Networkers that prey together. . . DO stand out in the crowd but in a most disturbing way!
Prey: noun – to be harmed or affected in a bad way by (someone or something). Stalking might be a better term.
Stalk: to follow, watch, and bother (someone) constantly in a way that is frightening, annoying, etc.
The single biggest mistake made in networking: ??? People who attend networking events, meetings, etc., and don’t have a clue that their actions are turning off more people than on. When they first meet you, they begin trying to sell you their product or service. They usually are carrying a handful of business cards, shove one of them into your hand without caring whether you want it of not and ramble on about themselves and their business.
What kind of approach is that? Perhaps we should start a “Networking Idiots Hall of Shame” and post everyone who networks this way on the wall. NOT! That would be a real time-waster for those of us who have a genuine interest in building close business relationships and who are committed to teaching others the networking strategies that have worked successfully for us.
You know who you are. You may have been networking for awhile but not gaining any serious results from your efforts.
It’s time to change your ways! Instead of continuing to irritate others in your community, it’s time to learn how to talk business without turning people off. Your networking strategy will fail before it begins if no one enjoys talking with you. Learn to ask leading questions, listen intently to answers and add your own personal stories to the mix. Initiate interesting conversations with people. Every word you speak does not have to be about your business. If you learn how to do this one thing you will certainly begin to notice a difference of how people react to you when you first meet.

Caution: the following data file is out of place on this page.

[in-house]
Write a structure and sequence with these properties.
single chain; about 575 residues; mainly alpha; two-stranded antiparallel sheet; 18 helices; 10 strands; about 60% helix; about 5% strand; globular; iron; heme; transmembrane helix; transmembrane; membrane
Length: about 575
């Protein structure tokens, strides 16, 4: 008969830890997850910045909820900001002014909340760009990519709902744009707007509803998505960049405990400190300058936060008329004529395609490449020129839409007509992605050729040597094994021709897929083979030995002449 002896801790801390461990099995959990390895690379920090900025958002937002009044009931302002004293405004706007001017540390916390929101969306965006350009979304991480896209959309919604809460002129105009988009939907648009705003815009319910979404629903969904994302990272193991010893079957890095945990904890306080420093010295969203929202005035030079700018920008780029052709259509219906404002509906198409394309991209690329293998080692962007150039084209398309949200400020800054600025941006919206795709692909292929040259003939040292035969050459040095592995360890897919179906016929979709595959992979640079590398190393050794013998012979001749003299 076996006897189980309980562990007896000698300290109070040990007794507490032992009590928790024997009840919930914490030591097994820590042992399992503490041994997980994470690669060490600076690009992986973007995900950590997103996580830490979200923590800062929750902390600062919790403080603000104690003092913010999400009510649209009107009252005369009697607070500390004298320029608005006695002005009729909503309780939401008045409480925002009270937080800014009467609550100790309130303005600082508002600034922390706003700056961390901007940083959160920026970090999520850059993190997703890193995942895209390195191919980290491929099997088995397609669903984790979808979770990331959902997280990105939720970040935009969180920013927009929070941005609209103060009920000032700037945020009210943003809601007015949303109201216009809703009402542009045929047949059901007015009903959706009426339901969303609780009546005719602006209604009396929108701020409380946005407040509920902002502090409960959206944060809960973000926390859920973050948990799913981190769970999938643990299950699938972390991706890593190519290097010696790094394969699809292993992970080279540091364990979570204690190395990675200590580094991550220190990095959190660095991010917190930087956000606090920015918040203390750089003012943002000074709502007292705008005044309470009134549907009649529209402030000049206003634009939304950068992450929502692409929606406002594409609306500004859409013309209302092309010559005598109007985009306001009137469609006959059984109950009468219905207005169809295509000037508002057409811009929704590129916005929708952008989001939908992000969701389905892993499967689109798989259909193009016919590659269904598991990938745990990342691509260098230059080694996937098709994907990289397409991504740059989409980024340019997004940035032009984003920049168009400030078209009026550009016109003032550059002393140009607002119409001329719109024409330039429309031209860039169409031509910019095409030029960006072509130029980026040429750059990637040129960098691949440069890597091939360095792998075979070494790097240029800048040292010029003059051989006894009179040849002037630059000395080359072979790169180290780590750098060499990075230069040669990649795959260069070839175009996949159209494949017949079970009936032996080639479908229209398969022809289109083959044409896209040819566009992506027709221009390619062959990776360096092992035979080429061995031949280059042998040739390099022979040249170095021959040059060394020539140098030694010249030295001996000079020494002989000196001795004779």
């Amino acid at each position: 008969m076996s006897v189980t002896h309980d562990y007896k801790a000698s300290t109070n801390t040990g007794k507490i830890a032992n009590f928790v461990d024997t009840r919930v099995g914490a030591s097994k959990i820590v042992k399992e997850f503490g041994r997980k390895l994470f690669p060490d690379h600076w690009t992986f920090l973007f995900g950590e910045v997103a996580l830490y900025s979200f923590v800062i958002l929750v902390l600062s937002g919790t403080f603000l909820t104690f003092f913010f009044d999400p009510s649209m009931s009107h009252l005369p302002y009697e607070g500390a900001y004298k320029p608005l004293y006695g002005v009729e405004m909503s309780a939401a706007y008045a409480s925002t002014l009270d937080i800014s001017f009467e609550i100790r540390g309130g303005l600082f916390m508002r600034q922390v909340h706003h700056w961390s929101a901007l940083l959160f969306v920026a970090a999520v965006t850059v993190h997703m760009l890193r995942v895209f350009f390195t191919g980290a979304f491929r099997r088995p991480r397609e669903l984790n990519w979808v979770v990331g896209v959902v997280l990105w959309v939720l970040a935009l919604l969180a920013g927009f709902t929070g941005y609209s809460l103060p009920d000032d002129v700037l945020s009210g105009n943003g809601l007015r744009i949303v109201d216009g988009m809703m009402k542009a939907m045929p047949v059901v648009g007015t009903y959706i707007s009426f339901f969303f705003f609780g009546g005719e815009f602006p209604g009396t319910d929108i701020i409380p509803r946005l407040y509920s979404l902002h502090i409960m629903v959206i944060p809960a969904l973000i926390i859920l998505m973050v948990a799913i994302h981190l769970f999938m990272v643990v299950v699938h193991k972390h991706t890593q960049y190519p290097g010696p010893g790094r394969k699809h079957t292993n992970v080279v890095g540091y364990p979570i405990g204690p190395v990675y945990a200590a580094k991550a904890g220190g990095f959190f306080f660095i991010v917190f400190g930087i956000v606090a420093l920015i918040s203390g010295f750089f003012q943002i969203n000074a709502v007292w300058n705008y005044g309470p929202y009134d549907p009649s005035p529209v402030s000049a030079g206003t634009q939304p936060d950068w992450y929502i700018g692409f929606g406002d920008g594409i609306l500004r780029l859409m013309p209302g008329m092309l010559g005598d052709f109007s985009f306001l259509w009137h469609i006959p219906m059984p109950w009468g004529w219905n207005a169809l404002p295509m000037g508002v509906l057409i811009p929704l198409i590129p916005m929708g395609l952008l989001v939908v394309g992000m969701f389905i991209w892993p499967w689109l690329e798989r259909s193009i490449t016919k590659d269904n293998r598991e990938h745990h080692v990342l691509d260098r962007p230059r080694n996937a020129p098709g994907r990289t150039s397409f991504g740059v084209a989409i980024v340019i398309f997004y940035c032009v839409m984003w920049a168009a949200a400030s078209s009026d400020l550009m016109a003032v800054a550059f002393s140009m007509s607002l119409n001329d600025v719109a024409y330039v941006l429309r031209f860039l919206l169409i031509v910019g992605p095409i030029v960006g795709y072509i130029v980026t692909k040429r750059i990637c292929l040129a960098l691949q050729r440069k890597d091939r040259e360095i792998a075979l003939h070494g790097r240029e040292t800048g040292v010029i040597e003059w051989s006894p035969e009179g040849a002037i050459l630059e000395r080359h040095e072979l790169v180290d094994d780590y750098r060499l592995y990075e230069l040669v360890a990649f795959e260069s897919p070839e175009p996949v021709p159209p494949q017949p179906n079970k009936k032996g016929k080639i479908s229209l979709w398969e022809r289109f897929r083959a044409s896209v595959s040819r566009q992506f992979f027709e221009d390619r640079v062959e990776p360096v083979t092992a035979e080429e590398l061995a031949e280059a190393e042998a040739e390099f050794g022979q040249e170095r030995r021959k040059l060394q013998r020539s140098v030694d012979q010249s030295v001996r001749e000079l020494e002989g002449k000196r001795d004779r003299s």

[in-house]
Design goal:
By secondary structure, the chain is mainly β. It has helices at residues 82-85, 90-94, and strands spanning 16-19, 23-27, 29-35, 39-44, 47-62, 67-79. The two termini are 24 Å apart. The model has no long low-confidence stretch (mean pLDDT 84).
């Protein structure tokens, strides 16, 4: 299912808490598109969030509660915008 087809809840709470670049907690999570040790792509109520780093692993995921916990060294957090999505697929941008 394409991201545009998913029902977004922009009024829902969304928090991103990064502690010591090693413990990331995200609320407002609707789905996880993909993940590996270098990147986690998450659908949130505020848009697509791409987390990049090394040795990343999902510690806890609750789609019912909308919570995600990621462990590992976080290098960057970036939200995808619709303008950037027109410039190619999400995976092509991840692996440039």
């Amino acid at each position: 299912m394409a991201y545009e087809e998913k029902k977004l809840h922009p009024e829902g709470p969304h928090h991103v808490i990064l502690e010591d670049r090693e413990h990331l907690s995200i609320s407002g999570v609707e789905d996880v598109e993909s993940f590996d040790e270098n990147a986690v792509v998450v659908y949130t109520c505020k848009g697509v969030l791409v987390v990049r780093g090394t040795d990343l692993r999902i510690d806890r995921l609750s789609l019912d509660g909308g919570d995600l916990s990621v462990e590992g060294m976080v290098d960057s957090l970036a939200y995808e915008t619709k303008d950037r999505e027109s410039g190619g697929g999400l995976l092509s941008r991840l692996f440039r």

The second thing you must learn is to avoid becoming that person at an event who won’t stop trying to sell his or her company at every moment. Doing this only annoys the very people you may need to meet. Learn to schmooze. Focus. Show a genuine interest in others as you introduce yourself. Be interested and interesting!
Dig deep. Do your best to determine how you might be able to help them. You may not be able to be in a position to assist them but you should at least ask. After talking with them for a while, you may think of someone that they should know. Make the introduction.
And finally, if during your conversation with them you think they might be someone you might like to get to know better, exchange business cards and follow-up to make arrangements to get together outside of the networking event.
Remember, if you always network the way you’ve always networked, you will continue to walk away from networking events with a fistful of business card but with no new friends.
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Copyright © 2011 – Larry James. Larry James is a Professional Speaker, Author and Coach. Larry James presents networking seminars nationally and offers Networking coaching; one-on-one or for your Networking Group! Invite Larry James to speak to your group! His latest book is, Ten Commitments of Networking: Creative Ways to Maximize Your Personal Connections! Something NEW about Networking is posted on this Networking BLOG every 4th day! Visit Larry’s Networking Website at: “Networking HQ!”
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